Final Reflective Blog Post

This semester’s work in CEP 810 has shed a lot of light on teaching for understanding with technologies. Our first assignment on understanding, learning, and conceptual change set the tone for the course as I reflected on how the integration of technology should lead to students constructing meaning, making connections, and engaging in authentic learning opportunities.

The Networked Learning Project (where I discovered how to make Pizza) was an innovative approach to learning. It involved research skills, thinking skills, risk-taking and curiosity – valuable lessons I would recommend to colleagues and students. Using digital tools and implementing good systems to facilitate workflow was another key learning for me this semester. It became clear that an effective workflow would free my mind of trivial tasks, and allow me to apply “appropriate focus” to the big-picture, meaningful items in my life. I have also become more comfortable using blogs and twitter as a means of sharing work and connecting with others. I can see myself continuing to use these tools (and others) to expand my professional learning network and stay informed of best educational practices.

The “Five Core Competencies of Fundamental Literacy” showed us how students develop critical thinking skills and conceptual understanding through the use of technology and digital tools. TPACK further deepened my understanding of the complexities of technology integration as I discovered that this process requires careful thought and reflection on what is being taught (content) and how it is being taught (pedagogy). Going forward, I will continue to question how technology adds meaning to a lesson while also evaluating how I can repurpose technology to better suits my needs.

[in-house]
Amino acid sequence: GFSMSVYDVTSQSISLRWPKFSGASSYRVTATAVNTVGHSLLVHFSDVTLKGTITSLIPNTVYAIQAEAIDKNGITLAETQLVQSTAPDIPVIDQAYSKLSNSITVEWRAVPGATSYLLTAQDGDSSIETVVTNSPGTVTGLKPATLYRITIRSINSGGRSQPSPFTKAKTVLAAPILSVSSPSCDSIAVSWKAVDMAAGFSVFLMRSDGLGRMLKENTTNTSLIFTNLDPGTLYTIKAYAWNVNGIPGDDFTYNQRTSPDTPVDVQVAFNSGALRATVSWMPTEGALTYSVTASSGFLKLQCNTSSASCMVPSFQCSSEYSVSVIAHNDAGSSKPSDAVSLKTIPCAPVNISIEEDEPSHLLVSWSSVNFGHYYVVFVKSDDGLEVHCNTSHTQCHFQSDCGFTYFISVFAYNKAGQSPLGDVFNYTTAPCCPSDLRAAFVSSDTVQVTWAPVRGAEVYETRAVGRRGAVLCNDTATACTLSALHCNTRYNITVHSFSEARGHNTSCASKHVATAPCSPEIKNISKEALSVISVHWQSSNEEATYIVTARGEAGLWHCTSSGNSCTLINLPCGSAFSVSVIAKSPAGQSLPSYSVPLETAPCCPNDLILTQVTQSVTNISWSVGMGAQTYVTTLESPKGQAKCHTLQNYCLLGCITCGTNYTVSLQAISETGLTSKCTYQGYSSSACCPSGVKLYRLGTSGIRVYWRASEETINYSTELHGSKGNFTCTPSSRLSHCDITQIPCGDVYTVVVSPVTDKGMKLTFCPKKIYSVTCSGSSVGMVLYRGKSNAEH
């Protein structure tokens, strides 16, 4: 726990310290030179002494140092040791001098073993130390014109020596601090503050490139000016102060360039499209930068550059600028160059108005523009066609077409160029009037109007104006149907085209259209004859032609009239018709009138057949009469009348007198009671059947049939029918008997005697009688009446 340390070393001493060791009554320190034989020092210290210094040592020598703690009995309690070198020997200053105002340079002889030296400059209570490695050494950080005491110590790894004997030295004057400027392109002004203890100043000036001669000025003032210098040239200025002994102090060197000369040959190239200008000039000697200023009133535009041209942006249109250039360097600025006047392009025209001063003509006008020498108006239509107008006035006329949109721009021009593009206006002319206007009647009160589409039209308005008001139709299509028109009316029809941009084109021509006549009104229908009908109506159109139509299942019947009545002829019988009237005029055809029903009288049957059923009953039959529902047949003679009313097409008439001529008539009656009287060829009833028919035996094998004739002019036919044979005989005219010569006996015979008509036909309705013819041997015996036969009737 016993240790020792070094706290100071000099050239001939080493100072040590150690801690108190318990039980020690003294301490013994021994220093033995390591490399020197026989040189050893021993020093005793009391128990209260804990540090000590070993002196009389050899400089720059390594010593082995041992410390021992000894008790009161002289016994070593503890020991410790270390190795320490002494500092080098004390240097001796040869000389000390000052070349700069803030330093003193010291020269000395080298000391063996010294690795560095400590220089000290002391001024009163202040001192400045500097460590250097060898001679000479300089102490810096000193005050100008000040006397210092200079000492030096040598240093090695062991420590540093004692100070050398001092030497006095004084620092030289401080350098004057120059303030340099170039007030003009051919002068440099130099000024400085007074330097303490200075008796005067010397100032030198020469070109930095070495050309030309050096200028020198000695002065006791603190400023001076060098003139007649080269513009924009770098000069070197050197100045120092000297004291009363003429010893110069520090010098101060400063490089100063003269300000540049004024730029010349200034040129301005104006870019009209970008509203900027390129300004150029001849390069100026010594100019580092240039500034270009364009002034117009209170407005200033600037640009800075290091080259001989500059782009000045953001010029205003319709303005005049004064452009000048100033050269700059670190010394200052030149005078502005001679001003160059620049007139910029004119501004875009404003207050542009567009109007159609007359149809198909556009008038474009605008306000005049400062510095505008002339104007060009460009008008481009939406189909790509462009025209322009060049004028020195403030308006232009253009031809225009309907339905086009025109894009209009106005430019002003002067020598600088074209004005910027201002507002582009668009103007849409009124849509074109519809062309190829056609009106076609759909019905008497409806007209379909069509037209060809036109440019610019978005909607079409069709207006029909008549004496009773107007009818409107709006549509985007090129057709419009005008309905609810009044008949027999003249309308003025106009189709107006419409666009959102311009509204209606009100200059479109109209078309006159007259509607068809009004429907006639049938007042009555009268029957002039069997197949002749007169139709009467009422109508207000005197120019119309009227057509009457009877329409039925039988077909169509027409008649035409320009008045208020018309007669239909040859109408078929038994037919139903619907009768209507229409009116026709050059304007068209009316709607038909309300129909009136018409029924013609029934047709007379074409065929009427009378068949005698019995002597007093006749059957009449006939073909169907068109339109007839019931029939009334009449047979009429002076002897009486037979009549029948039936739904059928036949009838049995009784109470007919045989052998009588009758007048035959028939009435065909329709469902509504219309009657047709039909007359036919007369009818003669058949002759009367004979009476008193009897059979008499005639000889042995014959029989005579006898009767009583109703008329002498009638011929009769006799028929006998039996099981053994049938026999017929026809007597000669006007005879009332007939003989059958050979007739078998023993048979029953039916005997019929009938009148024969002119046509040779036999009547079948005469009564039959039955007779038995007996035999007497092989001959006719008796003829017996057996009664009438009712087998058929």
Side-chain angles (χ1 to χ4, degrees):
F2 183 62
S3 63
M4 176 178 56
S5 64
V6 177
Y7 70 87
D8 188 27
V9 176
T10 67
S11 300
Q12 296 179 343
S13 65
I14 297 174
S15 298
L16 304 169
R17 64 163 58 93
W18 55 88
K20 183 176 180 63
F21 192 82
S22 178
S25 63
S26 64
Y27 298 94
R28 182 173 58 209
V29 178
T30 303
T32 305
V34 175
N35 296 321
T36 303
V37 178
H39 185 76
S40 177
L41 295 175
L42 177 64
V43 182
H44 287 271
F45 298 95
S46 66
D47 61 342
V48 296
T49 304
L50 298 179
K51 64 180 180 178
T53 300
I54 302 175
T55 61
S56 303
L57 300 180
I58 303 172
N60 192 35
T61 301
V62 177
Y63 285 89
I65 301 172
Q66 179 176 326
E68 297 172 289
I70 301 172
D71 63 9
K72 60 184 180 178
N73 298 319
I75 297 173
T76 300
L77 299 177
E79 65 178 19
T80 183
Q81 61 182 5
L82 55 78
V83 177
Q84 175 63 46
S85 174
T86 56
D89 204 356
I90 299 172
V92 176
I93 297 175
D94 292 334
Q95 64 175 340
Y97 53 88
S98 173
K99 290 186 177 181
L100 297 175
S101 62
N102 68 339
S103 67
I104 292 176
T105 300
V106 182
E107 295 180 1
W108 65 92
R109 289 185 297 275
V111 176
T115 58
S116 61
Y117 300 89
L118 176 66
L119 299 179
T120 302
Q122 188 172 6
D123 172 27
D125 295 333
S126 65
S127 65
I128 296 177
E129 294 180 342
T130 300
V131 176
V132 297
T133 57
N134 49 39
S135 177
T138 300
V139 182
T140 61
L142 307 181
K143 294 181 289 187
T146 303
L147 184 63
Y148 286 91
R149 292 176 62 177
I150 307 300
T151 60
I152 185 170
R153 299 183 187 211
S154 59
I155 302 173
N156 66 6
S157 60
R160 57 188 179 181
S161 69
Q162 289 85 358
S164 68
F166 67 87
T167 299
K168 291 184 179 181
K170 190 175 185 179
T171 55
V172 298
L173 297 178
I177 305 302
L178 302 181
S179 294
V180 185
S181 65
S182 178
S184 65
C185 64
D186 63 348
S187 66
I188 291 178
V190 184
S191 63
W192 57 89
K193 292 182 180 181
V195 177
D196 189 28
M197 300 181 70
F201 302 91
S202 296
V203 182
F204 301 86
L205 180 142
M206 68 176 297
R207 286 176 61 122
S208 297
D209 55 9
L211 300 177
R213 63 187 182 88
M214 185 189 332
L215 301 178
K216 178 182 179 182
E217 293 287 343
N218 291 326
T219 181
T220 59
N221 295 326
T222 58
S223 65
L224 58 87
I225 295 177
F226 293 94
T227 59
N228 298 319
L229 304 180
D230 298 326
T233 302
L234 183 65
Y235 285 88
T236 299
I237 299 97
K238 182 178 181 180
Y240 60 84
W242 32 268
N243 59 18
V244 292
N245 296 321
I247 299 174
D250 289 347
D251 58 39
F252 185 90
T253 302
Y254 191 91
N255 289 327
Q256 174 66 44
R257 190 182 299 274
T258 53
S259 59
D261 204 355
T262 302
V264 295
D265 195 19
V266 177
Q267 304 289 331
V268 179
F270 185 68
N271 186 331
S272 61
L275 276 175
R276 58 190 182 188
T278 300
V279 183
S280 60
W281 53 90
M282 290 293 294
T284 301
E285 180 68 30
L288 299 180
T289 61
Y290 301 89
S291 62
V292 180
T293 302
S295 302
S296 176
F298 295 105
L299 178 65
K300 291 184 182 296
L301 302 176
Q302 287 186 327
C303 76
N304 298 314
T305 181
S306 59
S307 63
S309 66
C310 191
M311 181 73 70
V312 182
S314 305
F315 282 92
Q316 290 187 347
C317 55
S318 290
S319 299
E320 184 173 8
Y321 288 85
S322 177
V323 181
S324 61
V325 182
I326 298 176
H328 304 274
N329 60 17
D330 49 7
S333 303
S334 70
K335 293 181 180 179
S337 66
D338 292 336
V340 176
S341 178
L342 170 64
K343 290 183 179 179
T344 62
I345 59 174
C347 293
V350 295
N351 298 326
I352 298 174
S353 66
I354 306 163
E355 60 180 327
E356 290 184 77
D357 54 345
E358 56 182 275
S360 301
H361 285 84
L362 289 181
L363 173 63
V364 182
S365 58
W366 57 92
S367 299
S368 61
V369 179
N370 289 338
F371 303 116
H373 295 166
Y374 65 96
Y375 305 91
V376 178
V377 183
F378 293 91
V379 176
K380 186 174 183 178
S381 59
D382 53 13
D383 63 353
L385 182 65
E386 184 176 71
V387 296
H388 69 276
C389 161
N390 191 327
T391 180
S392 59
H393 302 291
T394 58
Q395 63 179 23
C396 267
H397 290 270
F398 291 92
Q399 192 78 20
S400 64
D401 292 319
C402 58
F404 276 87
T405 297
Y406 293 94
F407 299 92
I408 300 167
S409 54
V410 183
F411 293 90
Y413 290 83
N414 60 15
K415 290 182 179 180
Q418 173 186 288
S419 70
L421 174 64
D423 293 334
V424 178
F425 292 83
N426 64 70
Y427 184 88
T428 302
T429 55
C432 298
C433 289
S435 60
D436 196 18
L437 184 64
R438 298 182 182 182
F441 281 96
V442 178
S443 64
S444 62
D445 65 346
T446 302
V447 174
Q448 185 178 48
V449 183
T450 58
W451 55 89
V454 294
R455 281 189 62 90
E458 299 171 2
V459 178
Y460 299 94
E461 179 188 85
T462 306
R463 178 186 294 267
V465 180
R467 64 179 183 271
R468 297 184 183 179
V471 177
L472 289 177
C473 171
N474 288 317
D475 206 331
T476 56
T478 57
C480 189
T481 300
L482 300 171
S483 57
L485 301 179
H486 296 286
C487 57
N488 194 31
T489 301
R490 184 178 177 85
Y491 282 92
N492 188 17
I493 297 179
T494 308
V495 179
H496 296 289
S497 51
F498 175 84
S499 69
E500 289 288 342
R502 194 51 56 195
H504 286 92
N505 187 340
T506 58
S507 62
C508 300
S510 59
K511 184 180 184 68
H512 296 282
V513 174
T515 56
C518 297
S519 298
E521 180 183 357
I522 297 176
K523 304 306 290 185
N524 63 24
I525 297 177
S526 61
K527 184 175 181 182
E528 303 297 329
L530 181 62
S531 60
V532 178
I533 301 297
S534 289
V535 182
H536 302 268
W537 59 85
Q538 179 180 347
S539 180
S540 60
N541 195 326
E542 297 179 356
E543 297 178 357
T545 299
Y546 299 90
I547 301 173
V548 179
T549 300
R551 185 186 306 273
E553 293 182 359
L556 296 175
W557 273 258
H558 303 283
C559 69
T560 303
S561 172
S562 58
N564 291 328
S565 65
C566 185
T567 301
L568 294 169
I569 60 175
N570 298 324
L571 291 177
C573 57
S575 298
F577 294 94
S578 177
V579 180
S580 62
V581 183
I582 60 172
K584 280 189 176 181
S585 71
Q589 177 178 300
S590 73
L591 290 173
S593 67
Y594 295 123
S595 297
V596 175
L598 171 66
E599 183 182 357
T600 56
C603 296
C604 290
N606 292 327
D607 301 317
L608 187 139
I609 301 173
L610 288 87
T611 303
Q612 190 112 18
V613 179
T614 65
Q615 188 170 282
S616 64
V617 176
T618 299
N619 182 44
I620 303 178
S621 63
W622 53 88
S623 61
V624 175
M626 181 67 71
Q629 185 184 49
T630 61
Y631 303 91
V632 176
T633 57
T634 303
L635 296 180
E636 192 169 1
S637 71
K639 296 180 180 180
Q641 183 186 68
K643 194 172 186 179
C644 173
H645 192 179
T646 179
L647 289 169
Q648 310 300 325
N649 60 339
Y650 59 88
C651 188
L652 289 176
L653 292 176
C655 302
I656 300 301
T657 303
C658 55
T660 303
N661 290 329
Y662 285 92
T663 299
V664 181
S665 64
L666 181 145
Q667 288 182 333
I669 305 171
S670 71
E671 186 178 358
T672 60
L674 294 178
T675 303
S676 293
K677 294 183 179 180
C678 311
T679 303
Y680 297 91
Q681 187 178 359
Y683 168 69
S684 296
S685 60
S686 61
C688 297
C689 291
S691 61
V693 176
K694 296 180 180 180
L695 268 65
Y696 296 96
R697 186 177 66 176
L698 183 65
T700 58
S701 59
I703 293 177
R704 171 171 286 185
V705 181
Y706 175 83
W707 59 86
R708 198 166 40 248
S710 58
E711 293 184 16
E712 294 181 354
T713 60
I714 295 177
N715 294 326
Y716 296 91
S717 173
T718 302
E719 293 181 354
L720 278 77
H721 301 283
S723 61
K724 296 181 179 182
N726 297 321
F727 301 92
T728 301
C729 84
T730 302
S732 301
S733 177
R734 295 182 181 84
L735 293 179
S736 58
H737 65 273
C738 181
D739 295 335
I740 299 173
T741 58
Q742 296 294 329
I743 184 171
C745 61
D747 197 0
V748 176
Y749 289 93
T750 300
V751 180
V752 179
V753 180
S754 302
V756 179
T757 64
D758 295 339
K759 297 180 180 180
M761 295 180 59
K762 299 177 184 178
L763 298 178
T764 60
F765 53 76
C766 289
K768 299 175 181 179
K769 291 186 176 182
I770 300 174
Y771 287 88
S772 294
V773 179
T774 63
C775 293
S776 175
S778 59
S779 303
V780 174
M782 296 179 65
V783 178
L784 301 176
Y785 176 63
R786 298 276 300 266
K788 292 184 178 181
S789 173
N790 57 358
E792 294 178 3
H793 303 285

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Image credit:

Several questions remain as I continue to grow and increase my understanding of teaching for understanding with technologies. I must consider how to engage other teachers in understanding the complexities of technology while also helping them to overcome their reluctance and fear of technology. School parents often feel that technology is not “real learning” and instead it is something children can do at home (especially in the early years). Therefore, another question that comes to mind is how to best educate and engage parents in an ongoing conversation about learning in the 21st century.